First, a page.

The summer after my junior year of college, I studied abroad in London. While there, my friends and I were pretty wary of some of the traditional British fare (bangers and mash, anyone?), so we often sought out Italian restaurants when dinner-time approached. We knew we could count on a big plate of pasta to satisfy our American hunger. That was the summer I discovered my love for pasta carbonara. Bacon, eggs, cheese, and pasta? Yes, please.
I have made countless variations of pasta carbonara since my time in London. In fact, I made it for dinner last night, and I think it was my best batch ever. You should make it tonight.
What You Will Need:
16 oz pasta (I used rotini, but feel free to use linguine or whatever else may be in your cupboard)
1 pound sliced bacon
2 tablespoons olive oil
1 medium onion, diced
1 tablespoon minced garlic
8 oz mini bella mushrooms, chopped
1 cup frozen peas
5 large eggs
1 cup shredded parmesan cheese
salt and pepper
What to Do:
Cook the bacon like you normally would for breakfast on the weekend (or the weekdays if you're a super star), and set the cooked strips aside on paper towels. Reserve about 2 tablespoons of the bacon grease. Once the bacon is cool, chop it into bite-sized pieces.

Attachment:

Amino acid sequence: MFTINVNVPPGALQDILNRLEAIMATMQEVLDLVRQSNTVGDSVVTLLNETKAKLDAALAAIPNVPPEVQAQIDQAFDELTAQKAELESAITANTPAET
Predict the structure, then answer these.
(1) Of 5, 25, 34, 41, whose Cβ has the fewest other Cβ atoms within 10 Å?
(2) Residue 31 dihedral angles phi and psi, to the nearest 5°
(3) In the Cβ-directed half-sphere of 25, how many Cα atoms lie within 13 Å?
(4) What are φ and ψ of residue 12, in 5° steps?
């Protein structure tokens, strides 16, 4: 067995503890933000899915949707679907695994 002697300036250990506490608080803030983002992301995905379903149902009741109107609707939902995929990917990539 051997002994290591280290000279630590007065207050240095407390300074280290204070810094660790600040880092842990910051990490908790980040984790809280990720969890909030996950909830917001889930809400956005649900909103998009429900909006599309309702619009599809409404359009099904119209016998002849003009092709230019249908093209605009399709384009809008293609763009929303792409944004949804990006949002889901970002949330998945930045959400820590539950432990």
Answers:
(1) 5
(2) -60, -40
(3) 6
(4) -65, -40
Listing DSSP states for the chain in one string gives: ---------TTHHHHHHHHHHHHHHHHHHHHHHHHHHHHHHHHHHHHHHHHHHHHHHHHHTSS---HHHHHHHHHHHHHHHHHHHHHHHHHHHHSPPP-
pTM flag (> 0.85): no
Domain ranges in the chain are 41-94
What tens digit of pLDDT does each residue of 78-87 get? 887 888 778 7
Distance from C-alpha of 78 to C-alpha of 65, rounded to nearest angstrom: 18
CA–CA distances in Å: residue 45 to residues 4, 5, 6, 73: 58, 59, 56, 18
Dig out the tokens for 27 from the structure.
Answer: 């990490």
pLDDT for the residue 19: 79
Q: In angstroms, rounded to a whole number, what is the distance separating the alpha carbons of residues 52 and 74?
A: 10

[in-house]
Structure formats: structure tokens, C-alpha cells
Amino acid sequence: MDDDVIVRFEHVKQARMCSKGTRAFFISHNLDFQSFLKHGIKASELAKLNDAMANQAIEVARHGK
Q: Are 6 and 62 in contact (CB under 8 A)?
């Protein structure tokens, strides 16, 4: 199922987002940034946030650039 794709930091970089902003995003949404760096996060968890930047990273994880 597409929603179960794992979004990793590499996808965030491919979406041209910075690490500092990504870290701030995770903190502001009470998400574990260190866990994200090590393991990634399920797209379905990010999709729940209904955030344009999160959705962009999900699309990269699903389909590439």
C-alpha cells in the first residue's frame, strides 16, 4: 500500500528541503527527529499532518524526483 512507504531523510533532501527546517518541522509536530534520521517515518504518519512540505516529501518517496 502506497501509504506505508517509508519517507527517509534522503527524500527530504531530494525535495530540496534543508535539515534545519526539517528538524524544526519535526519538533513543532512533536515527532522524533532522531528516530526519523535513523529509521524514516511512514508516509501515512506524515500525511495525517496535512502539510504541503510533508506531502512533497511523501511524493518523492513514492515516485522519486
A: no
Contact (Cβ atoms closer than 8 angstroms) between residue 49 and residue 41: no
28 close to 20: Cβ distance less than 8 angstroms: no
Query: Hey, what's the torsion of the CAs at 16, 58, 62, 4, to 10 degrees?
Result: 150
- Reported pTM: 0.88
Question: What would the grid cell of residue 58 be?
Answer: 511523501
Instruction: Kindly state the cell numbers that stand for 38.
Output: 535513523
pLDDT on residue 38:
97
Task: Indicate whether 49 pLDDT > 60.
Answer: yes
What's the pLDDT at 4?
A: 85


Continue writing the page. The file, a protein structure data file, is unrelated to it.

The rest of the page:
Heat about 2 tablespoons of olive oil over medium heat in a large saute pan. Add onions and cook until translucent (about 5-6 minutes). Add garlic and cook about another minute. Add mushrooms, about 2 tablespoons of reserved bacon grease, and about 1/2 teaspoon of salt. Cook until mushrooms are tender (about 10 minutes), stirring occasionally.
Cook pasta according to package directions. Add frozen peas to the boiling pasta with about 2 minutes left of cooking time.
While the pasta is cooking beat the eggs and mix with parmesan cheese and 1 to 2 teaspoons black pepper.
Add the cooked pasta and peas, along with the chopped bacon to the saute pan. Add egg and cheese mixture and mix quickly so the eggs don't scramble. Add a splash or two of the hot pasta water to thin the sauce to your desired thickness.
Say, "You're welcome," to your taste buds.